Leaving Leeds Lock on our way down the Aire and Calder Navigation.
An unusual view. Along the Navigation from under the A1/M1 Link Bridge.
Just one of the many animal carvings that can be seen around a very well looked after Woodlesford Lock.
Woodlesford Lock. At a guess you could probably get eight narrowboats in this lock.
The next day, Wednesday, we set off once again, this time to Castleford where, having got back onto the river, we meet the Aire and Calder Navigation, another part river, part canal waterway, and the Castleford Cut, obviously a canal. We spent a couple of nights moored on The Cut, enjoying some of the delights of Castleford which has a large open Market as well as a large covered one and the usual shops, and there's also The Griffin, near to the canal, which is a pub that sells a rather enjoyable pint of John Smiths Bitter.
The weir at Castleford on the River Aire.The Barge with the shrubbery growing out of it broke free from her moorings and was washed downstream till she founded here. She's been here about thirty years now.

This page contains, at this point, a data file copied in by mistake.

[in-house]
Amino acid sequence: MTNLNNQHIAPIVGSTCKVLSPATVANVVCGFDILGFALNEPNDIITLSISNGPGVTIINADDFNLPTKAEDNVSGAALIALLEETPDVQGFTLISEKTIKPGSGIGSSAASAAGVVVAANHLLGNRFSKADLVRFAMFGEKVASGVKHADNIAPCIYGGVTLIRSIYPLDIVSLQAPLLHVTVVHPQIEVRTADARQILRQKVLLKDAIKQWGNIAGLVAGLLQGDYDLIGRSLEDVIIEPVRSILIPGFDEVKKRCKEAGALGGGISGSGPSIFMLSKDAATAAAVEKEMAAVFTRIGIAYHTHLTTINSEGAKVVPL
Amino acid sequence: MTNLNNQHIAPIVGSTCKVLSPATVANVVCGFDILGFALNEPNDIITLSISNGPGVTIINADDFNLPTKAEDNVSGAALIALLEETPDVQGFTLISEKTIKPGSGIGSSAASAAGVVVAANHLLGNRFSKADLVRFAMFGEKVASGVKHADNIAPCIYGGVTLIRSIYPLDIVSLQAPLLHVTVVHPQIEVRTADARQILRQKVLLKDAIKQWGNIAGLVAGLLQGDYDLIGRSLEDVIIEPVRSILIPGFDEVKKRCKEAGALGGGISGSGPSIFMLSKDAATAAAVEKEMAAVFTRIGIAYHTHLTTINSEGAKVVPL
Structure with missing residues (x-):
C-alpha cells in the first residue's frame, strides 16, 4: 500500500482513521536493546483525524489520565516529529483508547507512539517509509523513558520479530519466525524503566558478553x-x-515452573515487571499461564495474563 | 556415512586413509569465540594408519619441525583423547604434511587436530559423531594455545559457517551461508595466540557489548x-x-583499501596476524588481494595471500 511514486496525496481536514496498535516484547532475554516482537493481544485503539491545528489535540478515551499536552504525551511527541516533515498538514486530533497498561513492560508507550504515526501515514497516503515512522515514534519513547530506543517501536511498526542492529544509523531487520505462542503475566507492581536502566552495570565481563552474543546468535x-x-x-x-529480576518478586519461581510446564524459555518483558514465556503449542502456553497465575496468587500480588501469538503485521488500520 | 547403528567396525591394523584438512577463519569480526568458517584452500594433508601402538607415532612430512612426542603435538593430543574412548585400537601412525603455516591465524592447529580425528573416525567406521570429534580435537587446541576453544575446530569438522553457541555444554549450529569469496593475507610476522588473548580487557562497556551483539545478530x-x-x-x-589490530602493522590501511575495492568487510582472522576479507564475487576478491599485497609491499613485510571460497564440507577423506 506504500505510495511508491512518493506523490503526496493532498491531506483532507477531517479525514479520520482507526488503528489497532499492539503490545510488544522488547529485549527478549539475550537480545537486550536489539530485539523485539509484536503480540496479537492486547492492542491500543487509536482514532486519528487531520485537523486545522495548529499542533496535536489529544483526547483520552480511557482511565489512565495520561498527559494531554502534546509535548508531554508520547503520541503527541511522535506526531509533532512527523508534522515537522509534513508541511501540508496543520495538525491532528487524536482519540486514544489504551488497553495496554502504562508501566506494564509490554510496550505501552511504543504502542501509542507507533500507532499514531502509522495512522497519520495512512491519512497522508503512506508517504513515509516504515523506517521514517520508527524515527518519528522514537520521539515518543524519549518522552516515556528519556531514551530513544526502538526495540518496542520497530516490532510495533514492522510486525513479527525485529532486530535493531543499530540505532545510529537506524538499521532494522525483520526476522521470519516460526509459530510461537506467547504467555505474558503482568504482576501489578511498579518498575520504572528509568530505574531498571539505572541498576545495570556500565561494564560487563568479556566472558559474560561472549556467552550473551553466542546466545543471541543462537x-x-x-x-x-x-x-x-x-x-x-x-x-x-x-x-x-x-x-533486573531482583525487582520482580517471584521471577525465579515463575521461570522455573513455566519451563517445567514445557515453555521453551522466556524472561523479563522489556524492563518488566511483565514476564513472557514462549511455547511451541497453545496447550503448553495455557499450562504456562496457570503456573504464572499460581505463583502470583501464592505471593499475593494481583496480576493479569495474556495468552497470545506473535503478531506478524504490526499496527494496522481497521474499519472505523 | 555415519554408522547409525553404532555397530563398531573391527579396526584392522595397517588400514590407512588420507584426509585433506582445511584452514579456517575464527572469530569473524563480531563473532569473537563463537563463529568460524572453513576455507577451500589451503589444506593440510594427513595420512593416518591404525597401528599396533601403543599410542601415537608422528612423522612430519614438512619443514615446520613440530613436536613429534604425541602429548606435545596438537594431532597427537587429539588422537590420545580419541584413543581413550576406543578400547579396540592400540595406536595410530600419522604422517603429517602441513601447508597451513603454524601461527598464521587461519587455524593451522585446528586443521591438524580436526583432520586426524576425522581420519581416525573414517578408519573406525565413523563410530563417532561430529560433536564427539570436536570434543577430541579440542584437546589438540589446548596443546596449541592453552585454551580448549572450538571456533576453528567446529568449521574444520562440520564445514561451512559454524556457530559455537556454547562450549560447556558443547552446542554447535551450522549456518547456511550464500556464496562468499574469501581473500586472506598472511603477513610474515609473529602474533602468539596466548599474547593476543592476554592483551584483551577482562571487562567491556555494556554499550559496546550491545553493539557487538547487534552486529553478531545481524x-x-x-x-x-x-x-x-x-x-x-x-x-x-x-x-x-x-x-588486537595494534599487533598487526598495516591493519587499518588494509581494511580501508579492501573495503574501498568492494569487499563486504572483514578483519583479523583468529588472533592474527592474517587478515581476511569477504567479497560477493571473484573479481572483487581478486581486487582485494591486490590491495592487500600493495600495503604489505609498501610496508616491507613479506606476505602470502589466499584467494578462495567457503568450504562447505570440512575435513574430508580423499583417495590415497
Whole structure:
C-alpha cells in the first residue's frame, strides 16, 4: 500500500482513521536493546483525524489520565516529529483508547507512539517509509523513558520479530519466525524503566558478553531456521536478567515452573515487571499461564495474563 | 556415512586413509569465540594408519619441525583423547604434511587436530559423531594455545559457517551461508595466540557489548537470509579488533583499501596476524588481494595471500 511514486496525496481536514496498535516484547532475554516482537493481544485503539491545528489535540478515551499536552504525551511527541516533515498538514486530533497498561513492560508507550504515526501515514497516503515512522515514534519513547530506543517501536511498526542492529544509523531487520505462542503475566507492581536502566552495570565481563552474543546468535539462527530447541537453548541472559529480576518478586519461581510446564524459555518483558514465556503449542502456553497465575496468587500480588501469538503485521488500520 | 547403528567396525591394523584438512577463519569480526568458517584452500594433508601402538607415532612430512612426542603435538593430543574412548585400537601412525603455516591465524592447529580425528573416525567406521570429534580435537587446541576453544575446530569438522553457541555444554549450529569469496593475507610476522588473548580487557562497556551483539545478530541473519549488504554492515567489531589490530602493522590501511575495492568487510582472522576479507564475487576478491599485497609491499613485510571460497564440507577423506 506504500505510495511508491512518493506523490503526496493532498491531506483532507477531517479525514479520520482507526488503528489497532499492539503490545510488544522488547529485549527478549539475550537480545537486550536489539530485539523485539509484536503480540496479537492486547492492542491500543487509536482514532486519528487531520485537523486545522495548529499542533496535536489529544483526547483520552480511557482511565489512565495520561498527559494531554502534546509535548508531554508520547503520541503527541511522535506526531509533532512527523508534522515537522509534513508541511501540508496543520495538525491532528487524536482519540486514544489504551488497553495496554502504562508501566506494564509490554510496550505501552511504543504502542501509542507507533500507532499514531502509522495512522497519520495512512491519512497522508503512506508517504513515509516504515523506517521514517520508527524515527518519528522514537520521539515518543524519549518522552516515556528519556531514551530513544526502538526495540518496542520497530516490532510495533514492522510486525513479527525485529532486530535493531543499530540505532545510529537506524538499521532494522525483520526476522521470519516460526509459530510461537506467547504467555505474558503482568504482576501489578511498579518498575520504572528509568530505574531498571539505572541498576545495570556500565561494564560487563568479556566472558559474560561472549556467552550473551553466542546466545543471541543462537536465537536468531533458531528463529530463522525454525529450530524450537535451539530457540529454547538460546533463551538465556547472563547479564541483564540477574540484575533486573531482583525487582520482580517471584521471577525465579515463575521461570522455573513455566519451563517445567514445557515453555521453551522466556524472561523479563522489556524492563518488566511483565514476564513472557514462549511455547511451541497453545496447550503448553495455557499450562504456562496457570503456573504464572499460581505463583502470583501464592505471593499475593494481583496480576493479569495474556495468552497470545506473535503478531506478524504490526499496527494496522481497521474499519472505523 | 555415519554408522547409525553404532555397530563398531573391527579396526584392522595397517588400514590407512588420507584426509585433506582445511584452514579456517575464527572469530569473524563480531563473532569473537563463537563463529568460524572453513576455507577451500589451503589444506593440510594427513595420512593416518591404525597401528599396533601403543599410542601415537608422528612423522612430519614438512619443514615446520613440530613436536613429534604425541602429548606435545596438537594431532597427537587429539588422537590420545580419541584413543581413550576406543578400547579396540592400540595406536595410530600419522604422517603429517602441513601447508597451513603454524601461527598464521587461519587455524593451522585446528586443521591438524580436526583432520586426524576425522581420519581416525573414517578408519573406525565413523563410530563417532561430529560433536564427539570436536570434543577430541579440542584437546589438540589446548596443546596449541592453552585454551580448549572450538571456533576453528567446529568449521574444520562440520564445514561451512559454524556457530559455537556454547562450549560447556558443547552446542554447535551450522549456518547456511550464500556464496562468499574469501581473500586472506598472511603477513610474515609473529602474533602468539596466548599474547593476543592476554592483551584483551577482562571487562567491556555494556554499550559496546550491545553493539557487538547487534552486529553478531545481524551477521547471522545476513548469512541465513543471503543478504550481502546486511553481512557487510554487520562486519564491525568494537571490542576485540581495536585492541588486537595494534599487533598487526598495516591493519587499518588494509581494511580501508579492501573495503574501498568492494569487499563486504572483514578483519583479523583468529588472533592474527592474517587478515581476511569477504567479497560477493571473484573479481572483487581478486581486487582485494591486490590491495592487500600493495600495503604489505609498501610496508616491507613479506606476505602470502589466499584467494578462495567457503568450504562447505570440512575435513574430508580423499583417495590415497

On Friday we set off from the Visitor Moorings at Castleford to cover the remaining bit of The  Cut before entering Bulholme Lock, this dropped us down the eight feet to return to the river on which we cruised for the four miles or so to Ferrybridge to rejoin the canal to make our way to Whitley Lock where we planned to stay the night. Again the banks of both the river and the canal showed signs of past industrialisation, as well as Power Stations still in use, as we passed, first under The Ferrybridge and then through the town of Ferrybridge itself.
The Ferrybridge at Ferrybridge in West Yorkshire which was an important crossing on the River Aire for The Great North Road
 After staying overnight below Whitley Lock we left the lovely,but a bit noisy from the nearby Motorway, moorings on Saturday morning and cruised along the wide and relatively straight Aire and Calder to it's junction with the New Junction Canal. This canal was one of the last canals to be built and it shows, it is wide and dead straight for it's entire five and a half mile length and has just one lock, Skyehouse, which had a Lock keeper on duty who worked us through. Below the lock we moored for the night and went for a walk along a very seldom used, and difficult to find, Footpath to the nearby village of Skyehouse. There we spent very comfortable and friendly few hours in The Old George Inn as we watched England win at rugby.